New York ANG pararescuemen aid seamen on stricken ship in Mid-Atlantic
By Mr. Eric Durr, New York National Guard
/ Published May 02, 2017
WESTHAMPTON BEACH, N.Y. (AFNS) -- Seven New York Air National Guard pararescuemen provided medical treatment for two injured crewmen on board a cargo ship in the mid-Atlantic April 25,after a five-hour flight and a night parachute jump into the sea.
Three crewmen aboard the Tamar, a 635-foot long bulk cargo freighter registered in the Marshall Islands were badly burned and one was killed April 24, when an explosion occurred in the ships forward storeroom early in the morning, according to the First Coast Guard District Rescue Coordination Center in Boston. The captain requested medical assistance.
The cause of the explosion is unknown.
The Coast Guard reached out to the Air Force because of the unique capabilities of the Air Force and Air Guard search and rescue wings.
Pararescuemen, whose primary mission is to rescue downed pilots, are trained in advanced emergency medical care as well as parachuting; scuba diving; and survival, evasion, resistance and escape.
The 106th Rescue Wing, which is based at Gabreski Air National Guard Base, New York, was given the mission of flying help to the Tamar, which was originally heading from Baltimore for Gibraltar but is now heading for the Azores.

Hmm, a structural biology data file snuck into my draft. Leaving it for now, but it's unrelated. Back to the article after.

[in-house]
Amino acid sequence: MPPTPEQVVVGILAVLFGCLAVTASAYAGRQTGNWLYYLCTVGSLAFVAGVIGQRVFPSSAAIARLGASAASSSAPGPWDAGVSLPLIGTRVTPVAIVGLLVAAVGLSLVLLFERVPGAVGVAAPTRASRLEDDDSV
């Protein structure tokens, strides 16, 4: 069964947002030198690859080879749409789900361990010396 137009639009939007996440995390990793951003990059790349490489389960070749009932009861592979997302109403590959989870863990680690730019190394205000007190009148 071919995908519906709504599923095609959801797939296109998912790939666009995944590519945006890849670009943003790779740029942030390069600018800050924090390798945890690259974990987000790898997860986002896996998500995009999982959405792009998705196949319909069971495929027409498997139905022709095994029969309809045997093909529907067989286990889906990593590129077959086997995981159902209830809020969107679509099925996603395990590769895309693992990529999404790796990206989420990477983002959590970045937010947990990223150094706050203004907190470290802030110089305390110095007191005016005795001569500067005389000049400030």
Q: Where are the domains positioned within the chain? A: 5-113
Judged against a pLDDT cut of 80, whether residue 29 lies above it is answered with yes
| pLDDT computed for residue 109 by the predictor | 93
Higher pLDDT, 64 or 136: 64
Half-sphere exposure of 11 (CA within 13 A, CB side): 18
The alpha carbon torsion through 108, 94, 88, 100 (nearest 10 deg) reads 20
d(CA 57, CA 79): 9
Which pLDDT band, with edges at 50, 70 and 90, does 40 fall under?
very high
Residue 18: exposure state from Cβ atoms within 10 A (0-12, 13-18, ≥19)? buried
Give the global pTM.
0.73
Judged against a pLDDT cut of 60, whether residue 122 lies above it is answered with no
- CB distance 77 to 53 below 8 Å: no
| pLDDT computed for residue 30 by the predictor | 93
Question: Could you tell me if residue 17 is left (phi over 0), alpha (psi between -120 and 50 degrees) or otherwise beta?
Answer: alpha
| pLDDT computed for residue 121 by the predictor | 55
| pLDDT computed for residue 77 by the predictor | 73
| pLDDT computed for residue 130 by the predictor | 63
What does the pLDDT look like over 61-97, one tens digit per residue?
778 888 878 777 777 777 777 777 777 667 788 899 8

The wing launched an HC-130P/N King search and rescue aircraft from the 102nd Rescue Squadron carrying eight aircrew, seven pararescuemen and a combat rescue officer from the 103nd RQS, and two aircraft maintainers, at 1:30 p.m.
The aircraft deployed seven pararescuemen and a rigid rescue boat into the Atlantic near the Tamar. The Airmen then boarded the boat, headed to the ship, and rendered aid to the injured seamen.
The first stick of pararescuemen was in the water at 7:50 p.m. EDT, and by 10 p.m. all seven were onboard and providing aid to the injured crewmen on the Tamar, according to 106th RQW operations officials.
Unfortunately an additional crewman died of his injuries before the guardsmen could reach the ship.
With the pararescuemen on board the Tamar, the aircraft recovered to St. John’s, Newfoundland, to conduct maintenance.
The Portuguese Coast Guard has now assumed responsibility for the rescue mission, since the U.S. Coast Guard is responsible for coordinating rescue operations within 1,300 miles of the U.S. coast.
The Portuguese are planning to hoist the survivors onboard a helicopter for transport to the hospital in Ponta Delagada, Azores, according to 106th RQW operations.
The Tamar is about 24 to 30 hours away from the range at which a Portuguese rescue helicopter can reach the ship, according to the 106th RQW.
“The 106th RQW is happy to support the Coast Guard in this rescue mission,” said Col. Nicholas Broccoli, the 106th RQW vice commander. “This is what we train for and our pararescuemen, pilots, crew members and the rest of our team are the best of the best.”